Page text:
Chief Economist Scott Brown discusses the latest market data.
For stock market participants, weak economic data has often been taken as a positive, since that implies more fiscal stimulus. However, investors have grown more concerned about possible stumbling blocks. Democratic majorities in the House and Senate are very narrow, some lawmakers are worried about running up the debt, and the window for bipartisan agreement may be short.
The economic data were mixed. Retail sales fell 0.7% in December (+2.9% y/y), down 1.4% ex-autos (+1.1% y/y). Ex-autos, building materials and gasoline, sales fell 2.4% following a 1.5% drop in November – however, the 4Q20 total was 3.5% higher than in 4Q19. Industrial production rose 1.6% in December (-3.6% y/y), boosted partly by a 6.2% increase in the output of utilities (November was unseasonably warm). Manufacturing output rose 1.0% (-2.6% y/y), up 1.1% excluding motor vehicles (-3.2% y/y). The Consumer Price Index rose 0.4% in December (+1.4% y/y), boosted by an 8.4% rise in gasoline (+3.4% before seasonal adjustment, -15.2% y/y). Ex-food and energy, the CPI rose 0.1% (+1.6% y/y).
Next week, the economic calendar is thin. December is not a critical month for residential construction or existing home sales, and figures will be subject to seasonal distortions. Jobless claims, which surged in the first week of the new year, are likely to remain elevated. With the National Mall closed and authorities on high alert, unrest on Inauguration Day should be limited (we hope). The following week will be more eventful (data-wise).
|January 18||—||MLK Holiday (markets closed)|
|January 20||—||Inauguration Day|
|January 21||—||Jobless Claims (week ending January 16)|
|—||Building Permits, Housing Starts (December)|
|January 22||—||Existing Home Sales (December)|
|January 27||—||Durable Goods Orders (December)|
|—||FOMC Policy Decision|
|January 28||—||Real GDP (4Q20, advance estimate)|
|January 29||—||Personal Income and Spending (December)|
|—||Employment Cost Index (4Q20)|
|February 5||—||Employment Report (January)|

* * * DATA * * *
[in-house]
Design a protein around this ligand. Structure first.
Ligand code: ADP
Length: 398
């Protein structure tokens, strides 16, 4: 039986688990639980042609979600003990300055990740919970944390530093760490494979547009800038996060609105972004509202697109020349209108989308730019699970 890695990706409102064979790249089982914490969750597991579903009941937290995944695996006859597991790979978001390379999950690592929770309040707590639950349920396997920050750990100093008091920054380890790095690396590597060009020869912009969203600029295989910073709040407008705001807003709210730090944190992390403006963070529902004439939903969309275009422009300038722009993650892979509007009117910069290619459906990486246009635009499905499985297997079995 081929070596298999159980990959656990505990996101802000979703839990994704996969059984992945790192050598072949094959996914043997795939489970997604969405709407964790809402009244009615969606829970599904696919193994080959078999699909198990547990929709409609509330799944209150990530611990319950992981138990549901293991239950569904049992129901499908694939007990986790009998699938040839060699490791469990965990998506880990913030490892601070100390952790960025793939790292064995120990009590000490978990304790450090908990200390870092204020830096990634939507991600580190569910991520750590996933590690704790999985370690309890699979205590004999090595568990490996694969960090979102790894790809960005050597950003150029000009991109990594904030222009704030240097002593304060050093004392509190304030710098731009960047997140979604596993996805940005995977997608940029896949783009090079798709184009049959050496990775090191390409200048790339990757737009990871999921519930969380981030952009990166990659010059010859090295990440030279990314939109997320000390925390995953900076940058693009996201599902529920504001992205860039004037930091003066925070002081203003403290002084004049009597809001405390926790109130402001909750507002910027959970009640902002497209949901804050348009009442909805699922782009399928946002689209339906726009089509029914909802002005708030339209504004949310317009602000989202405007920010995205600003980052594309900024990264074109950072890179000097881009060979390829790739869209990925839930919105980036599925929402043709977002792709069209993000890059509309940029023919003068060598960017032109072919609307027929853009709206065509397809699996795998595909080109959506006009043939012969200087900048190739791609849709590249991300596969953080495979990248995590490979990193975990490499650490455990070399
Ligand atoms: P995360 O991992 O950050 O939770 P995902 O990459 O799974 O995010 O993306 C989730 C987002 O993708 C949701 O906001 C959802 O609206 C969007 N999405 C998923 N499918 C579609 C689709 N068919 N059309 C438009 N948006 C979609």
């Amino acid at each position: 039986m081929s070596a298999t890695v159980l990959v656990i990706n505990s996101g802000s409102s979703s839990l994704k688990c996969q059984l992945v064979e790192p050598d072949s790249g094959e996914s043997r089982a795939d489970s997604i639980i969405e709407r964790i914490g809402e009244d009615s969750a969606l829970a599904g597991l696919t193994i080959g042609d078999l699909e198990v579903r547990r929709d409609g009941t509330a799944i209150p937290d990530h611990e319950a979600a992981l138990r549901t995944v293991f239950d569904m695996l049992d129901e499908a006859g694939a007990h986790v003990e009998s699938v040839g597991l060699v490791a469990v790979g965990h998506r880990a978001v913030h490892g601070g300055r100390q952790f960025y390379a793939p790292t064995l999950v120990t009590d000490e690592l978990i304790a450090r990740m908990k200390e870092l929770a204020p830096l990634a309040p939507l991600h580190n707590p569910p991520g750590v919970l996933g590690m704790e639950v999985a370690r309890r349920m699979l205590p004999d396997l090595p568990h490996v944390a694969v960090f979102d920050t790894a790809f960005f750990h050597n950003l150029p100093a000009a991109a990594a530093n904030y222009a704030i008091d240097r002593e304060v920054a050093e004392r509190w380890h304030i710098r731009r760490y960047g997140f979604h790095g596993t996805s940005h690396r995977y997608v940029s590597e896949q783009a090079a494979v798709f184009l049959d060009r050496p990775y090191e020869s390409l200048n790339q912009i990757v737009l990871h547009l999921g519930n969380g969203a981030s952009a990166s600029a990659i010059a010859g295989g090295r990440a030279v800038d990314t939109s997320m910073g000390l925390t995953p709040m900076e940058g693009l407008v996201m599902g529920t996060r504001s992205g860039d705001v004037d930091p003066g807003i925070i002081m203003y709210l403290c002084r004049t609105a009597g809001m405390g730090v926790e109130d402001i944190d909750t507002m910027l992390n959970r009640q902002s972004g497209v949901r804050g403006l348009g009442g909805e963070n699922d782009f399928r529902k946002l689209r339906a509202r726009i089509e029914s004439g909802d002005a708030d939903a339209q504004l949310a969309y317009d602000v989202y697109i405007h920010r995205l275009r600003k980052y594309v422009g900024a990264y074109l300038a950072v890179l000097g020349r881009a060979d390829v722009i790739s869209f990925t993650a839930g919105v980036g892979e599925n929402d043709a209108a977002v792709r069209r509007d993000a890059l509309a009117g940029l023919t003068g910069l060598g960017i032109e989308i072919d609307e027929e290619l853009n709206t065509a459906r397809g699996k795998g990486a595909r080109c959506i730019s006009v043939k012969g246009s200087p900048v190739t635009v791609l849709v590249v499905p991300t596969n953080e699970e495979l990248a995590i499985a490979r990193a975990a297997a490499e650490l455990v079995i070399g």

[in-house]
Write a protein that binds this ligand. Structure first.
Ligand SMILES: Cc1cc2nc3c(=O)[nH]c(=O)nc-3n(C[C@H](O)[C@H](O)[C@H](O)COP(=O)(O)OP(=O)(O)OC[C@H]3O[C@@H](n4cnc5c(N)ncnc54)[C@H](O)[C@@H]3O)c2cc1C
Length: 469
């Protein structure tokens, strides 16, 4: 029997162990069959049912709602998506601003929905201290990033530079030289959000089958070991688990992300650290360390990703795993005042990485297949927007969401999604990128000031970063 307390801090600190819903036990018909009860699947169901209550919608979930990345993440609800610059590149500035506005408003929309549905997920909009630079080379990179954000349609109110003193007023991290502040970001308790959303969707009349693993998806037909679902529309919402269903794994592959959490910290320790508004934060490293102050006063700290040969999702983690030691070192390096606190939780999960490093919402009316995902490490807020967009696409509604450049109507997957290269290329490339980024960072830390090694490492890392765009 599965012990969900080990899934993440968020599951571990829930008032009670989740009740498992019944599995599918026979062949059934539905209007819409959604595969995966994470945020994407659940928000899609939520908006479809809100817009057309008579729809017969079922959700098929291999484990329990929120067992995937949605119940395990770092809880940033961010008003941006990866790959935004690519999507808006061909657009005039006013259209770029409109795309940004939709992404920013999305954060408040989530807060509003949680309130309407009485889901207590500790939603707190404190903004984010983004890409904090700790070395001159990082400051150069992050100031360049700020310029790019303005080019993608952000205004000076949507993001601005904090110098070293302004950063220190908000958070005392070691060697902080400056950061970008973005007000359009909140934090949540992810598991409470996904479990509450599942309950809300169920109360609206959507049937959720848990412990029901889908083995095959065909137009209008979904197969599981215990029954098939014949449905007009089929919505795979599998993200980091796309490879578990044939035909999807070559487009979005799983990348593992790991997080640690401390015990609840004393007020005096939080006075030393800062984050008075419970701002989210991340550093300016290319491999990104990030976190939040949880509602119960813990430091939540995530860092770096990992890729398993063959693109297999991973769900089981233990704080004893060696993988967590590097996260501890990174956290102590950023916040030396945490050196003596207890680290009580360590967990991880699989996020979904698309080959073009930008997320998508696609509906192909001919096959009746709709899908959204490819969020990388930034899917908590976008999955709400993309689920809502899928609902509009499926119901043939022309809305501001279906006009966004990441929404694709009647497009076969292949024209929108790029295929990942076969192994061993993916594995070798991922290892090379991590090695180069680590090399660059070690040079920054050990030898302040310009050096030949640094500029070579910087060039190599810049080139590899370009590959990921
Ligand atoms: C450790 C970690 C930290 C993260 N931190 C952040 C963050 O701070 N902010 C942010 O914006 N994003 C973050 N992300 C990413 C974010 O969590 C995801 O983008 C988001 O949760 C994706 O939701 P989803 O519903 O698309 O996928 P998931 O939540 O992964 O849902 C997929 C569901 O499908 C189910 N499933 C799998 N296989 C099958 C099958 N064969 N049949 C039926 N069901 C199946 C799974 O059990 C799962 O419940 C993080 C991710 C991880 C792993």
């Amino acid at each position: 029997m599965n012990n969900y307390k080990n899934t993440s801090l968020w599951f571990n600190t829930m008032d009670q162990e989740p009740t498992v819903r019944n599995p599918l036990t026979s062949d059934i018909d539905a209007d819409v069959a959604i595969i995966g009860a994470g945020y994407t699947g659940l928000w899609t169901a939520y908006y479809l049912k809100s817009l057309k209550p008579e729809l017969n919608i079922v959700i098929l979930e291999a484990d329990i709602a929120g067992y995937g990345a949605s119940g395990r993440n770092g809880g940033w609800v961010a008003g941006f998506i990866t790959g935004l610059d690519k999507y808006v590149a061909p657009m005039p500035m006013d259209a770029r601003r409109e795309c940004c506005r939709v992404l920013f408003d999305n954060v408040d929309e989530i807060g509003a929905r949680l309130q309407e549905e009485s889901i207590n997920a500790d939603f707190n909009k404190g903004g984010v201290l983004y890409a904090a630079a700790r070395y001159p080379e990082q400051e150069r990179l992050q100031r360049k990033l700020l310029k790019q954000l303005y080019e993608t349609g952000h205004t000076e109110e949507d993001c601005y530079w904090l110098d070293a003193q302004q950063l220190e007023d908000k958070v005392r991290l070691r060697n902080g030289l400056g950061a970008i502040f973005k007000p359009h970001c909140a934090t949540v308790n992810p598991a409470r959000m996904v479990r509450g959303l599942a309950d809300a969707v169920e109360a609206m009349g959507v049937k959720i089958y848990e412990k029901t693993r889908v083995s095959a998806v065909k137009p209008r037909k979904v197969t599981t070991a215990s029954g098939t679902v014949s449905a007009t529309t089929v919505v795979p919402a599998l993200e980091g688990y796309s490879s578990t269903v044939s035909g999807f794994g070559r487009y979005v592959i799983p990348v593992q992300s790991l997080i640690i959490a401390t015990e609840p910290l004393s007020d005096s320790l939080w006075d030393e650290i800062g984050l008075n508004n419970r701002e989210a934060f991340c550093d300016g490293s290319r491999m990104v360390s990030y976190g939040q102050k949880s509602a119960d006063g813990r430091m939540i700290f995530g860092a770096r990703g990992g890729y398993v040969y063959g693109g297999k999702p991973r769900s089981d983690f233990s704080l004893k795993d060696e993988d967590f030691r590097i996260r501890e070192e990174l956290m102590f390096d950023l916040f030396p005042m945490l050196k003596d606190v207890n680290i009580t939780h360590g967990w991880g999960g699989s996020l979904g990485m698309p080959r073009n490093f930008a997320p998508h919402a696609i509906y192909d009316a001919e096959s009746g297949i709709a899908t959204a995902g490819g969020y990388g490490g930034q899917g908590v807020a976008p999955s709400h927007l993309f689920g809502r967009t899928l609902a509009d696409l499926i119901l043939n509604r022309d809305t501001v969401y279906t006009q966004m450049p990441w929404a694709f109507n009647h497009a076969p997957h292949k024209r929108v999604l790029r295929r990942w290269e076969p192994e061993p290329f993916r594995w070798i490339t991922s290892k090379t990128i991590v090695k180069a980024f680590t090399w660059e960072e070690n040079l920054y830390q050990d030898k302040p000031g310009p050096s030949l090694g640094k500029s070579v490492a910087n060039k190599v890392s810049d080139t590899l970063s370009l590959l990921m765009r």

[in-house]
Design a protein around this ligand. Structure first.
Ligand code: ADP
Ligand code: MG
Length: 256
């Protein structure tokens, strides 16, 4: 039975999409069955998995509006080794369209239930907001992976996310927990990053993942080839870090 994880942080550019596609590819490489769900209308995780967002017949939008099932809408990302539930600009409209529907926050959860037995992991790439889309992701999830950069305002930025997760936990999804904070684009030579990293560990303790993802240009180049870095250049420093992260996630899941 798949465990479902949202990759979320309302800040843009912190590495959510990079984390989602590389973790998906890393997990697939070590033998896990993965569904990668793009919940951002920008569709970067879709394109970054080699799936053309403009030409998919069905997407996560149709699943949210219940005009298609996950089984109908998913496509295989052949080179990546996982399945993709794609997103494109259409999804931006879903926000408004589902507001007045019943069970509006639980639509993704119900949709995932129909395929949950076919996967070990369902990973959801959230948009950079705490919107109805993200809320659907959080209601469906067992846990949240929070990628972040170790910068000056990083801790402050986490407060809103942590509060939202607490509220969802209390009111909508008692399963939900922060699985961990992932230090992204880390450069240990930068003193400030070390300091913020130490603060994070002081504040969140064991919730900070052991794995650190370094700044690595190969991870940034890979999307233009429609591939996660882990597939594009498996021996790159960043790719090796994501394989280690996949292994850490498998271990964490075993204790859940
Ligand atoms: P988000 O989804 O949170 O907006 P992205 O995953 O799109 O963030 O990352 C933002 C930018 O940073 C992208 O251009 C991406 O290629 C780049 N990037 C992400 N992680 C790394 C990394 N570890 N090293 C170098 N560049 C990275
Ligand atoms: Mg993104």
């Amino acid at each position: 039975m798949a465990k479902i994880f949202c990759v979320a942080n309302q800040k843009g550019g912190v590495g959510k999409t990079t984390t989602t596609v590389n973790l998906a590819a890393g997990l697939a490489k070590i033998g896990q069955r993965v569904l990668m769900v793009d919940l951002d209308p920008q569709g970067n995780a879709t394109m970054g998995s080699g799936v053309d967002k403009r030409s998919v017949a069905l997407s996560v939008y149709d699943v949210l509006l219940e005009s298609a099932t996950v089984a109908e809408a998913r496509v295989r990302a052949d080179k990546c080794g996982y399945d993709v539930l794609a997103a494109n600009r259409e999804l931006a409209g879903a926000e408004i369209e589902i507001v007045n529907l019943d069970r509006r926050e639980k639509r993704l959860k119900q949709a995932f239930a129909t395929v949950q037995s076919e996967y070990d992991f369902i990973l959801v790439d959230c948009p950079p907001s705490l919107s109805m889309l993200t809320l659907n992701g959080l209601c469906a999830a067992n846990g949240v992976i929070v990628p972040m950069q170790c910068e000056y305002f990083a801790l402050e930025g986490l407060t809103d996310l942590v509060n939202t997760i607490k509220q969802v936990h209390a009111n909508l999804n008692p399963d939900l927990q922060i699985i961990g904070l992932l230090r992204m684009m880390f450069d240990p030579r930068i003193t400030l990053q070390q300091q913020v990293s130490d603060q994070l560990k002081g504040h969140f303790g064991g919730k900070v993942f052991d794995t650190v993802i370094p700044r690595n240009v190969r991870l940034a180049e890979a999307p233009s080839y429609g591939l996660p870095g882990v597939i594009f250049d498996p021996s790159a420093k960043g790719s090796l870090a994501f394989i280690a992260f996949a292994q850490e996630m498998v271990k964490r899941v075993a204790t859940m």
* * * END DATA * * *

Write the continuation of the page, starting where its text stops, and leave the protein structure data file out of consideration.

All expressions of opinion reflect the judgment of the Research Department of Raymond James & Associates, Inc. and are subject to change. There is no assurance any of the forecasts mentioned will occur or that any trends mentioned will continue in the future. Investing involves risks including the possible loss of capital. Past performance is not a guarantee of future results. International investing is subject to additional risks such as currency fluctuations, different financial accounting standards by country, and possible political and economic risks, which may be greater in emerging markets. While interest on municipal bonds is generally exempt from federal income tax, it may be subject to the federal alternative minimum tax, and state or local taxes. In addition, certain municipal bonds (such as Build America Bonds) are issued without a federal tax exemption, which subjects the related interest income to federal income tax. Municipal bonds may be subject to capital gains taxes if sold or redeemed at a profit. Taxable Equivalent Yield (TEY) assumes a 35% tax rate.
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Commodities trading is generally considered speculative because of the significant potential for investment loss. Markets for commodities are likely to be volatile and there may be sharp price fluctuations even during periods when prices overall are rising. Specific sector investing can be subject to different and greater risks than more diversified investments. Gross Domestic Product (GDP) is the annual total market value of all final goods and services produced domestically by the U.S. The federal funds rate (“Fed Funds”) is the interest rate at which banks and credit unions lend reserve balances to other depository institutions overnight. The prime rate is the underlying index for most credit cards, home equity loans and lines of credit, auto loans, and personal loans. Material prepared by Raymond James for use by financial advisors. Data source: Bloomberg, as of close of business January 14, 2021.